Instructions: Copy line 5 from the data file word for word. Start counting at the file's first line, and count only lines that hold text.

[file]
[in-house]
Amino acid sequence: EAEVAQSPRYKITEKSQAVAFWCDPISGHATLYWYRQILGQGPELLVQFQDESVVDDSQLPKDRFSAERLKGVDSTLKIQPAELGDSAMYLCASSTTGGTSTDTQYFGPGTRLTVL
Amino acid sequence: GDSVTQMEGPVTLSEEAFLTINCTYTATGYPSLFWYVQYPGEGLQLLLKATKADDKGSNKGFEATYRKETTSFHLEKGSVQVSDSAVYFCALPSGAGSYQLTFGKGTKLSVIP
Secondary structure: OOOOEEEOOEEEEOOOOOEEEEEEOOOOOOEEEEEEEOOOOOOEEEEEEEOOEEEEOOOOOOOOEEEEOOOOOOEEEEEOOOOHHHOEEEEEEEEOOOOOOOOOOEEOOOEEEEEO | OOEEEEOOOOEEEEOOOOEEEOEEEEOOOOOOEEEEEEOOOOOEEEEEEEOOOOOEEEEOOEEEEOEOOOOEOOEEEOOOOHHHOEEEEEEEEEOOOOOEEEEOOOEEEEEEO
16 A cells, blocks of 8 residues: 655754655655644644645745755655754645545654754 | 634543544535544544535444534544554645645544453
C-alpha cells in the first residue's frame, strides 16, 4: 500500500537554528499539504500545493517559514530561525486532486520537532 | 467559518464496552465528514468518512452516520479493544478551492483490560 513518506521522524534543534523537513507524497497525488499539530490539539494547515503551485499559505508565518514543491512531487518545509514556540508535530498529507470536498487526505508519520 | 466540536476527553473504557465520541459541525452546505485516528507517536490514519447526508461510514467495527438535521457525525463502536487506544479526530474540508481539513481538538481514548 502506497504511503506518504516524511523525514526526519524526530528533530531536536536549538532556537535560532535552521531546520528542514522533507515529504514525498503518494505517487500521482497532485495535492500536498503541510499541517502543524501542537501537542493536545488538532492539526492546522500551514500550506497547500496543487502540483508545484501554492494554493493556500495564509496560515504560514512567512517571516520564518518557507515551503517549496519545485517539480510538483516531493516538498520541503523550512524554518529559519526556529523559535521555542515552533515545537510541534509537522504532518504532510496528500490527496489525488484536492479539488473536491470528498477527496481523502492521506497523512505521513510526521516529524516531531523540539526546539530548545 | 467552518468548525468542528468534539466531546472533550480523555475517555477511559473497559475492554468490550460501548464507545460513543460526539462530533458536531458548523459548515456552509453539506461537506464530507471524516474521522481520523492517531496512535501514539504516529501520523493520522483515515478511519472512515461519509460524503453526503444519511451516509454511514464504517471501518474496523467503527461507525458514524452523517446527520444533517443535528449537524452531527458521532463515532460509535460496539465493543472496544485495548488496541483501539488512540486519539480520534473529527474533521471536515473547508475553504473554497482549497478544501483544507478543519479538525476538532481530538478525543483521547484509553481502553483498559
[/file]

16 A cells, blocks of 8 residues: 655754655655644644645745755655754645545654754 | 634543544535544544535444534544554645645544453